Don't spread misinformation. It's the Italian SAR that is responsible for assigning them a port for disembarkation. It is by international maritime law decidedly not the responsibility of the rescuer to find a willing port. There is also nothing that says it has to be the closest port. Only that it has to be a safe port. The Italian SAR never assigns Tunisian ports. I don't know whether it is because of the hassle involved or because they don't consider them safe.


GroundbreakingRice36 t1_je5qvhx wrote

Tunisian ports are safe but it's harder to convince tunisian gouvernement to be a port of entry for rescued migrants stranded at sea unless it's from their own tunisian coast guards.


green_flash t1_jduo8uk wrote

Tunisia has been found to drive refugees into the Libyan desert and leave them to die there.

It's most certainly not a safe place for non-Tunisian refugees. Non-refoulement principle applies.


casus_bibi t1_jduwuh6 wrote

Irrelevant to rescues at sea laws, though, which are only to prevent people drowning.


green_flash t1_jdv1uvz wrote

Not irrelevant at all. As I said, the non-refoulement principle applies. Besides, it's the Italian SAR that is responsible for assigning them a port for disembarkation. It is by international maritime law decidedly not the responsibility of the rescuer to find a willing port.


GroundbreakingRice36 t1_je5s2zr wrote

No, it's the up to rescuer to find a willing port.

There was an asian boat (I don't remember the name or date but they were likely a South East Asians boat that rescued lots of migrants, they docked all of them to Libya (the nearest port and available to dock).

Lots of tunisians fishermen that found migrants, bring them backt to Tunisia.

NGOs can (if they wanted) work with Tunisia, Algeria, Morrocco, Libya) to stop migrants from taking the sea TO SAVE MORE LIVES (since the goal is to save them from drawning NOT TRAFFIC THEM INTO EUROPE illegally).

Then if they aren't drawning in the sea. Finding another solution to transfer them into safer african countries or safe neighboring countries. NOT SENDING ALL REFUGEES THEY CAN SEND INTO EU SHORES.


wabblebee t1_jds5fg1 wrote

i wonder, if they sailed there with the intent to get people and then transported them to italy instead of the closest coast (Libya/Malta) they will probably try to spin it as human traficking.


green_flash t1_jds6b2j wrote

Nah, once they had picked up the additional migrants, the Italian SAR coordinator told them to disembark all passengers in Lampedusa. No one brings resuced migrants back to Libya, not even the Italian coastguard themselves.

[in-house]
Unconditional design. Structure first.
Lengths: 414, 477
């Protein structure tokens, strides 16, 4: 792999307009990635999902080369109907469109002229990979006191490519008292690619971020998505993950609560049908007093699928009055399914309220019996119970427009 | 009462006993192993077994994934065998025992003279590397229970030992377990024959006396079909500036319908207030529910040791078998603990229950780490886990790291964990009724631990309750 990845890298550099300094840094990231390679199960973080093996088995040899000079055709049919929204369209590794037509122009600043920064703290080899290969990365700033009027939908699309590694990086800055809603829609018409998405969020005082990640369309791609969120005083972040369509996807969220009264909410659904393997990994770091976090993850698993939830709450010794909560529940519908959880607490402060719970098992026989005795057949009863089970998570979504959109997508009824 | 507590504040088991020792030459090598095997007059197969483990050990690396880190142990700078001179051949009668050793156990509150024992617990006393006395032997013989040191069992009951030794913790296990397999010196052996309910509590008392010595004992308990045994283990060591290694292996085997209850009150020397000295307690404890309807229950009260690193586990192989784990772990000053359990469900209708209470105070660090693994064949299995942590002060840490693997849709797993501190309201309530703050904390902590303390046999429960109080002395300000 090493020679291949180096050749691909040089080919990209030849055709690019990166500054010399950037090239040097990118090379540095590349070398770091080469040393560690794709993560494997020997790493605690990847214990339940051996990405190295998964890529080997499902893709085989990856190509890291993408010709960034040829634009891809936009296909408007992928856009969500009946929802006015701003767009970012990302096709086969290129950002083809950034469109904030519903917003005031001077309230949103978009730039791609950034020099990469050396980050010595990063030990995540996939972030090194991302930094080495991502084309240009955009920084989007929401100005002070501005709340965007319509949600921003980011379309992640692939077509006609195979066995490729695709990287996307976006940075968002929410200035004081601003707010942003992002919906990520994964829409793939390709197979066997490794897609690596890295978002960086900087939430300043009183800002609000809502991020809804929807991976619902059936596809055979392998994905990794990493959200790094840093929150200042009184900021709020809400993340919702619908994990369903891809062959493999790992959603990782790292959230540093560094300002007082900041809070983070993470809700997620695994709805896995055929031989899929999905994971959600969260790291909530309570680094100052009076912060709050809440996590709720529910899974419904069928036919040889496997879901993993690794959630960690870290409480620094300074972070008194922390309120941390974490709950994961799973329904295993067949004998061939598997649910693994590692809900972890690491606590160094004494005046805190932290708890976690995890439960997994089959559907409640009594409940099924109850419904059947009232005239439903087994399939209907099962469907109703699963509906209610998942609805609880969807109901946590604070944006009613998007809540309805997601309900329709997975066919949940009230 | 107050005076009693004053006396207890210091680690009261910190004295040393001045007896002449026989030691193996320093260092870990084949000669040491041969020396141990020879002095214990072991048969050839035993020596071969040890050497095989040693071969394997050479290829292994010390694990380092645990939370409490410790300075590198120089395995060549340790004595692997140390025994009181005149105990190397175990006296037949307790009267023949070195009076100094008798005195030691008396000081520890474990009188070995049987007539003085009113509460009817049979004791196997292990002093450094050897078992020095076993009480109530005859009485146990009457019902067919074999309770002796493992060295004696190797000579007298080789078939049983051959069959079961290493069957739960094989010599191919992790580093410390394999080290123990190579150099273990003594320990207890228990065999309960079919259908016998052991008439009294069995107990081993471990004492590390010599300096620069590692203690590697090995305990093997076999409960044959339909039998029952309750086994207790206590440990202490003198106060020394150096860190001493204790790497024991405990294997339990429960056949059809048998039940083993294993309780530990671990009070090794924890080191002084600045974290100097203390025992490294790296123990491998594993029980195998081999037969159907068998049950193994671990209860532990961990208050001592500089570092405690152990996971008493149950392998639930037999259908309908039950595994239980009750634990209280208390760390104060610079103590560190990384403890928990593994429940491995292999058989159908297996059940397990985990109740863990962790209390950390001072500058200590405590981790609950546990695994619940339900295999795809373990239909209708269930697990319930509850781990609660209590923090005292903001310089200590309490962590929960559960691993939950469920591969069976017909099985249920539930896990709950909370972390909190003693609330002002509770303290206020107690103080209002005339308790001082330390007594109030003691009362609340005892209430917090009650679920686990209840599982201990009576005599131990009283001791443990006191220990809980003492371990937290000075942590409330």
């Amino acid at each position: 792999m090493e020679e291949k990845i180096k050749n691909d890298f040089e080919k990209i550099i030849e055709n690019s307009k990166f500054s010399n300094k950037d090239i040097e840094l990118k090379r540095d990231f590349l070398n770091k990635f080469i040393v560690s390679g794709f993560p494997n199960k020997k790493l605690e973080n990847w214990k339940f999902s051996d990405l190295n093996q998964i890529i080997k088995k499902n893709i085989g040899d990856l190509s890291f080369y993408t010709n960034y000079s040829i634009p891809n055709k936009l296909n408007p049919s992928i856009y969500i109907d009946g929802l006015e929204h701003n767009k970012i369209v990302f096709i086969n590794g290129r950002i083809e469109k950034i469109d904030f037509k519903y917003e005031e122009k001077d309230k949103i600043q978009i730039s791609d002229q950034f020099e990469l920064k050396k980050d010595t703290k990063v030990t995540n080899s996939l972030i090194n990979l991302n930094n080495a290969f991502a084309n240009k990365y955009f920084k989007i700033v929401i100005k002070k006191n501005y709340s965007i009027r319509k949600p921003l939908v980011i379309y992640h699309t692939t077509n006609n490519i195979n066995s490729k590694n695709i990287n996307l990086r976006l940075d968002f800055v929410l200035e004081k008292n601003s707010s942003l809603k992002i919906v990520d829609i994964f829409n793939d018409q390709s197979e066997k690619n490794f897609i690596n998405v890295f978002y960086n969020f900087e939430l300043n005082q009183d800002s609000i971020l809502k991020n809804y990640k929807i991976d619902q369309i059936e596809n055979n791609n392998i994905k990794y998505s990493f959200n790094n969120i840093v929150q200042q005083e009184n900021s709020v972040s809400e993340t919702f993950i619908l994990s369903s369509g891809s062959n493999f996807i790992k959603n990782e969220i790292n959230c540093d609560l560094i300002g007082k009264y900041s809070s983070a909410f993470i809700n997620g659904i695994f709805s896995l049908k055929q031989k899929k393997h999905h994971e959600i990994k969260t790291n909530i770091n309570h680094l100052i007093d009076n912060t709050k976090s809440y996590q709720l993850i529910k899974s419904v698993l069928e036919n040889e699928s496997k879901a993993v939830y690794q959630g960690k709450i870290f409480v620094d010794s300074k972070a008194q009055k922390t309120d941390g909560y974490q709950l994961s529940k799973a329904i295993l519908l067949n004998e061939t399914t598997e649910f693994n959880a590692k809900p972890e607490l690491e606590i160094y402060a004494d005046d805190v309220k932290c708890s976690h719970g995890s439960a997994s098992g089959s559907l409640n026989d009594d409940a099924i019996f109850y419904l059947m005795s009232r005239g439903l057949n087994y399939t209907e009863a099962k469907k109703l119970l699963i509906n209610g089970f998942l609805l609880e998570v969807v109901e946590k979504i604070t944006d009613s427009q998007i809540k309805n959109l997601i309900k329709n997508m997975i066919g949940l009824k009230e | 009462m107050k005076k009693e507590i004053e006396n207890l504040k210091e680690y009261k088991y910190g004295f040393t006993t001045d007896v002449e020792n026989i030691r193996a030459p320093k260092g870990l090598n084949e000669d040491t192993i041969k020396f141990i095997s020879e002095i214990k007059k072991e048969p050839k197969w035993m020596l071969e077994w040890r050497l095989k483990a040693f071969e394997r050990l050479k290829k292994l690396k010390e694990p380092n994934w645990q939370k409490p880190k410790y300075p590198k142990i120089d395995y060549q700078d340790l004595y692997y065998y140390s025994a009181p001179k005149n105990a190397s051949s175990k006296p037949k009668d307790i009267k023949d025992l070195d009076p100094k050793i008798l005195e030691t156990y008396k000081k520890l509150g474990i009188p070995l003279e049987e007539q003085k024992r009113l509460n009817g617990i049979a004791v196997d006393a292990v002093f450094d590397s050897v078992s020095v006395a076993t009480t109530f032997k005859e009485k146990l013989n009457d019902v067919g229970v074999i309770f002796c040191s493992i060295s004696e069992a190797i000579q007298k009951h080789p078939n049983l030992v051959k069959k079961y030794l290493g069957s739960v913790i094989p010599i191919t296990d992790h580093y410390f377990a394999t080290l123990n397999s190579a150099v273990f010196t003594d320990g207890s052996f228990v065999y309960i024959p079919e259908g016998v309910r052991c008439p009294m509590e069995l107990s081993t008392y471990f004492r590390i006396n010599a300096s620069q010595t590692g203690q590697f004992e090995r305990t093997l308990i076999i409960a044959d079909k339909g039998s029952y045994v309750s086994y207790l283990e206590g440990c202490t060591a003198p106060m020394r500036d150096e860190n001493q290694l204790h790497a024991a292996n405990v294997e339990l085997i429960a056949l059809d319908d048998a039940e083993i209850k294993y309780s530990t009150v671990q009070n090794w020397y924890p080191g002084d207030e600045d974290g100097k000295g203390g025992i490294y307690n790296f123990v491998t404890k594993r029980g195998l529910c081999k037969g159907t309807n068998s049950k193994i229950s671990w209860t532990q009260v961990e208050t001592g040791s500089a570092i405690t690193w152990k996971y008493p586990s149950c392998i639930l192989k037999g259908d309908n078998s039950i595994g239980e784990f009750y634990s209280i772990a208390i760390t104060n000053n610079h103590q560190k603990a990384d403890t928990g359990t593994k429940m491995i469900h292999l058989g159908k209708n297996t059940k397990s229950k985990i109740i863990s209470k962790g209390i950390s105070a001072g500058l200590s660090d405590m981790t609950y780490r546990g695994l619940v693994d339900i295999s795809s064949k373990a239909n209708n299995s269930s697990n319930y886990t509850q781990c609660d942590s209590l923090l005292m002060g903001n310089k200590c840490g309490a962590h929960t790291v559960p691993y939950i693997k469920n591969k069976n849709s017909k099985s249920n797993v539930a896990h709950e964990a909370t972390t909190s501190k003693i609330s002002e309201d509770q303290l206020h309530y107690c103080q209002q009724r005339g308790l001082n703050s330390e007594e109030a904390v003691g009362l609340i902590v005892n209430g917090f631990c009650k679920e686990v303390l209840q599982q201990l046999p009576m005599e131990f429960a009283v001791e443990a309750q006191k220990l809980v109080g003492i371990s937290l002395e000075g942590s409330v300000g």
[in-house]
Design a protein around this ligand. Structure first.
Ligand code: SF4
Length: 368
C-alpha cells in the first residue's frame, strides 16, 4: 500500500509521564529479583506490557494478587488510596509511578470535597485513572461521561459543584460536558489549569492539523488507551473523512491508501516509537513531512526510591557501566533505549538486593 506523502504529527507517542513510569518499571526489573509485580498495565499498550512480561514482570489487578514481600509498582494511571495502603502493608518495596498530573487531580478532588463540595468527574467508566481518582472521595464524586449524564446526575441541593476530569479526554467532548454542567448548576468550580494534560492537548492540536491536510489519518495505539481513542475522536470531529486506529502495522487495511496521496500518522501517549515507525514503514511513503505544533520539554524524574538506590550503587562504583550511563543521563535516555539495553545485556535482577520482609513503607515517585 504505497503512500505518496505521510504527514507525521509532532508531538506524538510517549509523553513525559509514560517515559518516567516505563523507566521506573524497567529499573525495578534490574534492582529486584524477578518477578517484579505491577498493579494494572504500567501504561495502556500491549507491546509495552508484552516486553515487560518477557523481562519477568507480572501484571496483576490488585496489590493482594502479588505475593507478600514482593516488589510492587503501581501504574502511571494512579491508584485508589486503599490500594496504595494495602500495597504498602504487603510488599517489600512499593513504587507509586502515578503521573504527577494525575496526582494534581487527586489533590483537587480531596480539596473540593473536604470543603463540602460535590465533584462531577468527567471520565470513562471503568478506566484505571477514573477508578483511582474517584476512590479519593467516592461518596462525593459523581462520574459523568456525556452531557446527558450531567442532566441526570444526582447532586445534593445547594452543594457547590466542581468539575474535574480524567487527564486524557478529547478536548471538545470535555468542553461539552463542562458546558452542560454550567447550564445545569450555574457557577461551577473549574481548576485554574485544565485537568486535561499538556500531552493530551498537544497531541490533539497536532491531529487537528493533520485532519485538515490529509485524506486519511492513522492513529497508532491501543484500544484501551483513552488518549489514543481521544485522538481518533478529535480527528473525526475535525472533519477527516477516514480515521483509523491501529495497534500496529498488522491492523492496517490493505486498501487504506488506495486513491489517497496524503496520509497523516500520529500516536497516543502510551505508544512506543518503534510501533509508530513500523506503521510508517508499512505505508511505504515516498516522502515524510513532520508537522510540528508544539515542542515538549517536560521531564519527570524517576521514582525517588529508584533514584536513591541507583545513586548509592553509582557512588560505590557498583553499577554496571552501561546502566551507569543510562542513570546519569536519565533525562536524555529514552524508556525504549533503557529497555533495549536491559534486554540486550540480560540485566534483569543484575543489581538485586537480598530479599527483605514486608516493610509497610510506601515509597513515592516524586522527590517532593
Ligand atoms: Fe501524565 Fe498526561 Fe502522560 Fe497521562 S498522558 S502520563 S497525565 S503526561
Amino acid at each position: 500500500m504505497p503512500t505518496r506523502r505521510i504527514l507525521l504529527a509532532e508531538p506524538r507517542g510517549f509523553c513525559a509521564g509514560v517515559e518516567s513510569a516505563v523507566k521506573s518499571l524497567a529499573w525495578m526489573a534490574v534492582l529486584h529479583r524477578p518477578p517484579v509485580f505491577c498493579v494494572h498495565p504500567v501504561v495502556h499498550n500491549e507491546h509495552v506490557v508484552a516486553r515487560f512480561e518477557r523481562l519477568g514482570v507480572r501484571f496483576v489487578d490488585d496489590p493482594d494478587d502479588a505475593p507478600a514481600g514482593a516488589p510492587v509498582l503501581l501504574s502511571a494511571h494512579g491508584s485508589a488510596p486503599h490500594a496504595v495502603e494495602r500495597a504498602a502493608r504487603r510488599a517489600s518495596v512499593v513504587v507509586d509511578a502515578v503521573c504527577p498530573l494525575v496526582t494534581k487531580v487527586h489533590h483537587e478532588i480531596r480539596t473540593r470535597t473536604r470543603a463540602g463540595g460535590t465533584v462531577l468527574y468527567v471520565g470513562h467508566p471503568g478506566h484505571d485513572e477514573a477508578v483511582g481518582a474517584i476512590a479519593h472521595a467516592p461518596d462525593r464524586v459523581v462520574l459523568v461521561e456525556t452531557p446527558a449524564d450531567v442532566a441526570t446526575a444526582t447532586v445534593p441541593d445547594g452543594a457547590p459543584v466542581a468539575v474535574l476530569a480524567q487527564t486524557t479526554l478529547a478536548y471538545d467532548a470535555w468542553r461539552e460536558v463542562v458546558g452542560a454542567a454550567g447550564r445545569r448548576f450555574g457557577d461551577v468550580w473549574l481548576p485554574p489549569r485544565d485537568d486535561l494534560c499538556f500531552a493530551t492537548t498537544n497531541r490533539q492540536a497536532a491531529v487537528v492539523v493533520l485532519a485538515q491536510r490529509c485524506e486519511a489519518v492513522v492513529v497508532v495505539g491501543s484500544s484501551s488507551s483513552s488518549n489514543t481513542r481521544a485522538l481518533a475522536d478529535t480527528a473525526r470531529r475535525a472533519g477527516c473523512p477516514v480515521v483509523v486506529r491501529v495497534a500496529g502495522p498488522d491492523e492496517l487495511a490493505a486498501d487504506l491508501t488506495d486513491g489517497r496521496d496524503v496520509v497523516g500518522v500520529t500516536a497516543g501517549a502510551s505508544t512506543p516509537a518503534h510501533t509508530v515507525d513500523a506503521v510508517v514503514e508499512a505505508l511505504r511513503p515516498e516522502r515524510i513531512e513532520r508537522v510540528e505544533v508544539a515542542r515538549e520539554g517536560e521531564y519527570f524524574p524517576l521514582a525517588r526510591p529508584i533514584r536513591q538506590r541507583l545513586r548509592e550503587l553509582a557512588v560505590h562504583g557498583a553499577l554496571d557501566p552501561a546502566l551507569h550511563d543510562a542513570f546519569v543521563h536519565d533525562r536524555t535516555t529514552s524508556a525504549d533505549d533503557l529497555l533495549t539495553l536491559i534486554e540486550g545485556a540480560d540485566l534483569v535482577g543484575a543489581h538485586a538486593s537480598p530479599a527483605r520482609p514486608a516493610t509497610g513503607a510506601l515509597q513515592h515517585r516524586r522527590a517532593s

Famous_Count_1623 t1_jdtb1ho wrote

Uh not according to Doctors Without Borders:

" In 2022, 253,205 people attempted to cross the Mediterranean; 42 per
cent of those were intercepted at sea and returned to Libya, despite
that Libya is not a place of safety. People continue to drown or go
missing during the attempt; 2,367 died or went missing in 2022"


Mastercat12 t1_jdtyh85 wrote

Yes Libya isn't a place of safety but the migrants came from Libya because thats where the traffickers are. They came from sub-sahara.


p251 t1_jdtxjjf wrote

The phrasing is confusing. They are processed in Italy then returned back to Libya. The alternative is entering other migrant networks in eu.


Arcadess t1_jduao5d wrote

The section you quoted doesn't mention who "rescued" them.
The Libyan "coast guard" is just a bunch of traffickers and militias with fancy boats, and their job is to catch migrants and bring them back to Libya.


Hapster23 t1_jduk8it wrote

Those are the ones intercepted by the libyan coast guard I imagine (I am by no means an expert on this topic, but I live in Malta and it's an issue I try to follow)


green_flash t1_jdudo95 wrote

That's solely due to the actions of the so-called "Libyan coastguard".


GroundbreakingRice36 t1_je62htx wrote

If Doctor Without Borders care about migrants. They should act to evacuate migrants out of Libya once and for all to avoid people taking the sea and drawning.

There are lots of safe countries inside Africa. They can relocate as many migrants as they can from libya into safe africans countries and help them to start or rebuild their lives.

It's a more safer and long term success than fighting every years to find a port for all the migrants and EU ports seems to not want to take them.


GroundbreakingRice36 t1_je61u48 wrote

Only the libyans or non-EU rescuers can bring the rescued on Libyan they don't have any tie to the Italian SAR.

I remember a south east asian boat saved many migrants and brought them to Libyan ports (which was the closest port)


Crimbobimbobippitybo OP t1_jds2wpn wrote

Hard to imagine that a self-styled fascist party would be so cynical about a populist issue! /s


[deleted] t1_jds6uhm wrote